Facebook, SMS, Twitter Responsible For Students' Poor Spelling
Nigeria's Minister of State for Finance, Dr. Lawal Ngama, has said that the advent of face book, twitter and SMS (Short Message Service) and the young generation's preference for the abbreviated words, was partly responsible for most students'
inability to use correct spellings in English language.
The Minister said this at the launching of three denominations of commemorative postage stamps by Federal Inland Revenue Service (FIRS) to underscore the importance of taxation to national development.
'Today our children cannot spell anything correctly. When they want to write LIKE, they write LYK. When they want to write LOVE its LUV. If we continue that way, I don't know how they will pass English language. We really have to go back to the good old days and teach them how to write letters. Because they don't write letters, they cannot collect stamp, so we really have to teach them how to write.
'Traditionally, if somebody writes a congratulatory letter to you and writes your name in his own handwriting, it shows respect for you.
'So when you write that letter, you put a stamp on it. As we launch stamp today, with messages of tax on it, let us look at tax as a way of developing this country, because it provides sustainable revenue. Let me therefore congratulate the FIRS and its partner in this project, the Nigerian Postal Service (NIPOST) on their successful collaborative efforts that have culminated in the historic launching of the first ever FIRS commemorative stamps in the history of our nation, Nigeria.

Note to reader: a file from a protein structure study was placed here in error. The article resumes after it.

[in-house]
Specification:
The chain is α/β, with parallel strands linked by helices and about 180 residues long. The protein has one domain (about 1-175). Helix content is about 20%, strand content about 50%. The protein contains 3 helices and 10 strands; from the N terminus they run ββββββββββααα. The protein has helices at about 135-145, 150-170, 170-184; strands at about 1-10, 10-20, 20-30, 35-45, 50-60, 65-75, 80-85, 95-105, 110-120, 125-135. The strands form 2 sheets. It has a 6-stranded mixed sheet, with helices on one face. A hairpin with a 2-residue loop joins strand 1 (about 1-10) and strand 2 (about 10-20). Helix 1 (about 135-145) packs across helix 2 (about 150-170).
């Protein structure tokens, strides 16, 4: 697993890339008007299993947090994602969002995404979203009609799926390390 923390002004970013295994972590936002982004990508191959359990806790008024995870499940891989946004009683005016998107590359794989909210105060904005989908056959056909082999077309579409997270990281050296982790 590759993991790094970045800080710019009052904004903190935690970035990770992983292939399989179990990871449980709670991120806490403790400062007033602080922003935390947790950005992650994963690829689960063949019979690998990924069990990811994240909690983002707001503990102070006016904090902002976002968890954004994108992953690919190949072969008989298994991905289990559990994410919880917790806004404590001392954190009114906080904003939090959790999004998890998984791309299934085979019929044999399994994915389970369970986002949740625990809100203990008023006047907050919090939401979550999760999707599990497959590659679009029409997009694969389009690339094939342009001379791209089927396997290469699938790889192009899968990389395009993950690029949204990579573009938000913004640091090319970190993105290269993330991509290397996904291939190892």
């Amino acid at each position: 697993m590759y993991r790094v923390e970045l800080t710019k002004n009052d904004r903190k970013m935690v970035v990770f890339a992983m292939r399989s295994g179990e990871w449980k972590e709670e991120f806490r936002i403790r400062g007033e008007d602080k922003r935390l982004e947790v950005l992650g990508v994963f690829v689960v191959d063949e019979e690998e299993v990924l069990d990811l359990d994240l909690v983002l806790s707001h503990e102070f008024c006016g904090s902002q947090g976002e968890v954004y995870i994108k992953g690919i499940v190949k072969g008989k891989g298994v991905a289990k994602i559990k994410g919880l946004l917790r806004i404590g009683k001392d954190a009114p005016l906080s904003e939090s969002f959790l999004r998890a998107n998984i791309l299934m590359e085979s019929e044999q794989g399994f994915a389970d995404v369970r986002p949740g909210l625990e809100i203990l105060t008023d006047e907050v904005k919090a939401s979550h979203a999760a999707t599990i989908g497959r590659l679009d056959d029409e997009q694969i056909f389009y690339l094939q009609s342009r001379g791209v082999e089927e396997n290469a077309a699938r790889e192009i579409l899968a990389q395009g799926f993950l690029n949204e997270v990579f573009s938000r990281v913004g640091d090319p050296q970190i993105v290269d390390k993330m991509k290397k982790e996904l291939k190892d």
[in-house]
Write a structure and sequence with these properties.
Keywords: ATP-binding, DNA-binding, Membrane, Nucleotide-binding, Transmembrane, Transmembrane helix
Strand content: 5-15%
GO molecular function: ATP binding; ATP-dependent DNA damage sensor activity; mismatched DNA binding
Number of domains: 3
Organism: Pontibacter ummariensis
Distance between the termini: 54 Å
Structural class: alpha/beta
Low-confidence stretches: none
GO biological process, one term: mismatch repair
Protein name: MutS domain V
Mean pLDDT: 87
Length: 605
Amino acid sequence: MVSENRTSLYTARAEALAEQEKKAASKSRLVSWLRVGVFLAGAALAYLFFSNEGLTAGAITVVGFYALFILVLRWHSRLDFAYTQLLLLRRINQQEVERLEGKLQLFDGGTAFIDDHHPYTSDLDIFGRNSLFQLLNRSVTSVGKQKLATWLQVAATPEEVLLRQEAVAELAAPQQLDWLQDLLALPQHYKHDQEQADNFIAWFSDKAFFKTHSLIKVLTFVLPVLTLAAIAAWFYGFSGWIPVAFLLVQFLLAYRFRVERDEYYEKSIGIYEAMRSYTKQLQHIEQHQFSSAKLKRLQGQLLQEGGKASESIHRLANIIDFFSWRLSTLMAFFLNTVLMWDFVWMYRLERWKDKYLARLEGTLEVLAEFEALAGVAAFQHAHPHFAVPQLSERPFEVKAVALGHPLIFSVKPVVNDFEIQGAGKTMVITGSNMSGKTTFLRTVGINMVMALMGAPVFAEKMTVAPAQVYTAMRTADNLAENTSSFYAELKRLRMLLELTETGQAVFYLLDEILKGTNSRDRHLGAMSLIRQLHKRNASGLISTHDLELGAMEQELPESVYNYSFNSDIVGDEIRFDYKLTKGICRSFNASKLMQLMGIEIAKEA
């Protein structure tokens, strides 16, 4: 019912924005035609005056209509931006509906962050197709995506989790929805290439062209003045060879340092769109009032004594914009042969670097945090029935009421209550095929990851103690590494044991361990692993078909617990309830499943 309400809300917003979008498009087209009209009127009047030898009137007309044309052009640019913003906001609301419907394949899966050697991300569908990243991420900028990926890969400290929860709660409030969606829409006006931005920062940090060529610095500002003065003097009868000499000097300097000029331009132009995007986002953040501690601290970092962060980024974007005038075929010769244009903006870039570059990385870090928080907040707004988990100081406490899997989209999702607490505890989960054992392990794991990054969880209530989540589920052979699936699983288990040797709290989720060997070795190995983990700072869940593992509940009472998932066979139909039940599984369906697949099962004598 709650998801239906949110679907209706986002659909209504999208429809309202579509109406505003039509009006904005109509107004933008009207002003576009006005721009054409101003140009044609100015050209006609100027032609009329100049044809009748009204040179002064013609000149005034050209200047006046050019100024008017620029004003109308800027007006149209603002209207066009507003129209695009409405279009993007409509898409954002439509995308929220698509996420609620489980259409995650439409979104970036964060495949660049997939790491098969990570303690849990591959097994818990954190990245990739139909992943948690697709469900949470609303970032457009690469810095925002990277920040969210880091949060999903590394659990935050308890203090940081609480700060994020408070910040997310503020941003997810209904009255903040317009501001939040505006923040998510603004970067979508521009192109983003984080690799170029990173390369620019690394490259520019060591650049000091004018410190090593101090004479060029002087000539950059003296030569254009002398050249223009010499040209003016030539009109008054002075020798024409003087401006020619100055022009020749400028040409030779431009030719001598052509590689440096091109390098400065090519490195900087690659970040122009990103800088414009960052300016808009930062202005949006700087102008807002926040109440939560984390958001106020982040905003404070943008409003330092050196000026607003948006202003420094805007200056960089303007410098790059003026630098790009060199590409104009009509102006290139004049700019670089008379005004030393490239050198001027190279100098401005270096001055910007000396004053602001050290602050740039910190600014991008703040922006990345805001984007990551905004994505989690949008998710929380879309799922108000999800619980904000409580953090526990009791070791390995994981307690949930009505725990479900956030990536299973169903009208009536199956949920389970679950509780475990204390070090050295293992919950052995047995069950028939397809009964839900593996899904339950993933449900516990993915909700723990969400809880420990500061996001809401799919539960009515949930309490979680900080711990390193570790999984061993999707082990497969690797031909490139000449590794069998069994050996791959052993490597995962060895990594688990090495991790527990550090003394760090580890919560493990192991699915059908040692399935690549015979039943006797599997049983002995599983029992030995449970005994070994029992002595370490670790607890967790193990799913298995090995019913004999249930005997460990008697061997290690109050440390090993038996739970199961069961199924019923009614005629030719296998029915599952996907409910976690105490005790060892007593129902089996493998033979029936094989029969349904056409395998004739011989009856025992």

'As we know taxation is a sustainable source of revenue and one, which if we properly maximize will enable Nigeria achieve its developmental goals. So as we launch this stamps today, let us not see what we are doing here as merely symbolic, but rather as another step in the reform of our tax system, in which we are all stakeholders and partners.''
Earlier, the FIRS Executive Chairman, Ifueko Omoigui Okauru, explained that the idea of introducing stamps to convey tax messages for the enlightenment of the tax paying public was conceived in 2009 by three staff of the Service: Tunde Oladapo, Olumide Odesanya and Francis Oliver.
'Following a detailed analysis, Management subsequently welcome and approved the proposal, which was presented to NIPOST for a possible buy-in. A great deal of collaborative efforts resulted in FIRS designing the stamps while NIPOST assumed the responsibility of producing them.''
She said the Service had evolved well-structured taxpayers education initiatives in order to make Nigerians willingly comply with tax obligations, saying 'These include the endowment of professorial chairs on taxation in Nigerian Universities and Students Tax Advocacy Initiatives (STAI).
The commemorative stamps which are available in N20, N50 and N100 denominations, to the postal service-using public, philatelists, legal practitioners, business enterprises among others remains another step by FIRS to deepen tax culture in Nigeria.
Communications Minister, Mrs. Omobola Johnson represented by the Post Master General, Mallam Ibrahim Mori Baba, noted that throughout the world, postage stamps are used to portray a country's heritage, tourists centres, regional and global cooperation and values. Thus the postage stamp is a roving ambassador, penetrating many households around the world without border or immigration constraints.
'As some of us are already aware, postage stamps are considered by many as the most effective medium for immortalisisng monuments and events of historical significance. Perhaps, this is what King Fhud, an ancient Egyptian Monarch had in mind when he said: ' Sands of time scored the Pyramid out of history and human memory but philatelic stamps restored it to them. .. The stamps we are launching today will be on sale in all postal establishments in Nigeria, the Crown Agents Stamp Bureau in London and Intergovermental Stamp Agency in New York for a period of six months.
Historically, postage stamps in Nigeria started in 1859 with the introduction of hand-struck with the inscription ``paid in Lagos'' and adhesive postage stamps were first introduced on June 10, 1874.